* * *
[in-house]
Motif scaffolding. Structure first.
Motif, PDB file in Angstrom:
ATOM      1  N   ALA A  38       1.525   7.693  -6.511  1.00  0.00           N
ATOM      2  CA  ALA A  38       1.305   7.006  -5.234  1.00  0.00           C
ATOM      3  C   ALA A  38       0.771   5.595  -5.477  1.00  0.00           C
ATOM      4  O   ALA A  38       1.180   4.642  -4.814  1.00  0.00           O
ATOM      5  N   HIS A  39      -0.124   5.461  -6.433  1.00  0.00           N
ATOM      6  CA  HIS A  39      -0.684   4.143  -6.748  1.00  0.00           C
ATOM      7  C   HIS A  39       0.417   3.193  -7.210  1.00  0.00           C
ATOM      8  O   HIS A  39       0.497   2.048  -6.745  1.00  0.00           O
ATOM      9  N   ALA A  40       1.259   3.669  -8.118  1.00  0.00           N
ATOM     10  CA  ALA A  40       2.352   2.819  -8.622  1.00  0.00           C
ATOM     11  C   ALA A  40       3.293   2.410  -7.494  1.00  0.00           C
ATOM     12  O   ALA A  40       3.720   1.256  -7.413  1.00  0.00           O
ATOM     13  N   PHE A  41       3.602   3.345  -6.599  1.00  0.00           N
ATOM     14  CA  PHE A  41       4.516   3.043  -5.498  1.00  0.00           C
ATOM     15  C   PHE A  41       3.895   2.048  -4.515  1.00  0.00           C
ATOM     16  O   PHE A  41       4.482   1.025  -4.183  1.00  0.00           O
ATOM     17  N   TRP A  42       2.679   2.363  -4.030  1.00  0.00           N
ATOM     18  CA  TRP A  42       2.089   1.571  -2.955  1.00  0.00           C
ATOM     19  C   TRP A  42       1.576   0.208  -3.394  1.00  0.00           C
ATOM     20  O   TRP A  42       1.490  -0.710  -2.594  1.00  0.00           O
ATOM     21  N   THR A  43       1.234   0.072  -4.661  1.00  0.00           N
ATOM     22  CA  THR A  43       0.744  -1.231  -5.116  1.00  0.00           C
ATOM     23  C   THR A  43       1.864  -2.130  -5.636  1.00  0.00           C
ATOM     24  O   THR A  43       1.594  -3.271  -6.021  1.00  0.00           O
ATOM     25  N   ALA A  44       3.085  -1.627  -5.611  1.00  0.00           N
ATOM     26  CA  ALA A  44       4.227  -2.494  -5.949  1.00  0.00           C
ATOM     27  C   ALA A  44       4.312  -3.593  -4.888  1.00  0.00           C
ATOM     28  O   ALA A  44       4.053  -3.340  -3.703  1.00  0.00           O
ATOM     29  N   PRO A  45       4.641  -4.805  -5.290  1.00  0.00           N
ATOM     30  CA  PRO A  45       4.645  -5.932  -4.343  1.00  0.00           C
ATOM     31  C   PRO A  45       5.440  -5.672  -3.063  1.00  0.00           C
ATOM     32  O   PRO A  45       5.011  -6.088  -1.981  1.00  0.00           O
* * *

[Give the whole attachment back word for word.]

[in-house]
Motif scaffolding. Structure first.
Motif, PDB file in Angstrom:
ATOM      1  N   ALA A  38       1.525   7.693  -6.511  1.00  0.00           N
ATOM      2  CA  ALA A  38       1.305   7.006  -5.234  1.00  0.00           C
ATOM      3  C   ALA A  38       0.771   5.595  -5.477  1.00  0.00           C
ATOM      4  O   ALA A  38       1.180   4.642  -4.814  1.00  0.00           O
ATOM      5  N   HIS A  39      -0.124   5.461  -6.433  1.00  0.00           N
ATOM      6  CA  HIS A  39      -0.684   4.143  -6.748  1.00  0.00           C
ATOM      7  C   HIS A  39       0.417   3.193  -7.210  1.00  0.00           C
ATOM      8  O   HIS A  39       0.497   2.048  -6.745  1.00  0.00           O
ATOM      9  N   ALA A  40       1.259   3.669  -8.118  1.00  0.00           N
ATOM     10  CA  ALA A  40       2.352   2.819  -8.622  1.00  0.00           C
ATOM     11  C   ALA A  40       3.293   2.410  -7.494  1.00  0.00           C
ATOM     12  O   ALA A  40       3.720   1.256  -7.413  1.00  0.00           O
ATOM     13  N   PHE A  41       3.602   3.345  -6.599  1.00  0.00           N
ATOM     14  CA  PHE A  41       4.516   3.043  -5.498  1.00  0.00           C
ATOM     15  C   PHE A  41       3.895   2.048  -4.515  1.00  0.00           C
ATOM     16  O   PHE A  41       4.482   1.025  -4.183  1.00  0.00           O
ATOM     17  N   TRP A  42       2.679   2.363  -4.030  1.00  0.00           N
ATOM     18  CA  TRP A  42       2.089   1.571  -2.955  1.00  0.00           C
ATOM     19  C   TRP A  42       1.576   0.208  -3.394  1.00  0.00           C
ATOM     20  O   TRP A  42       1.490  -0.710  -2.594  1.00  0.00           O
ATOM     21  N   THR A  43       1.234   0.072  -4.661  1.00  0.00           N
ATOM     22  CA  THR A  43       0.744  -1.231  -5.116  1.00  0.00           C
ATOM     23  C   THR A  43       1.864  -2.130  -5.636  1.00  0.00           C
ATOM     24  O   THR A  43       1.594  -3.271  -6.021  1.00  0.00           O
ATOM     25  N   ALA A  44       3.085  -1.627  -5.611  1.00  0.00           N
ATOM     26  CA  ALA A  44       4.227  -2.494  -5.949  1.00  0.00           C
ATOM     27  C   ALA A  44       4.312  -3.593  -4.888  1.00  0.00           C
ATOM     28  O   ALA A  44       4.053  -3.340  -3.703  1.00  0.00           O
ATOM     29  N   PRO A  45       4.641  -4.805  -5.290  1.00  0.00           N
ATOM     30  CA  PRO A  45       4.645  -5.932  -4.343  1.00  0.00           C
ATOM     31  C   PRO A  45       5.440  -5.672  -3.063  1.00  0.00           C
ATOM     32  O   PRO A  45       5.011  -6.088  -1.981  1.00  0.00           O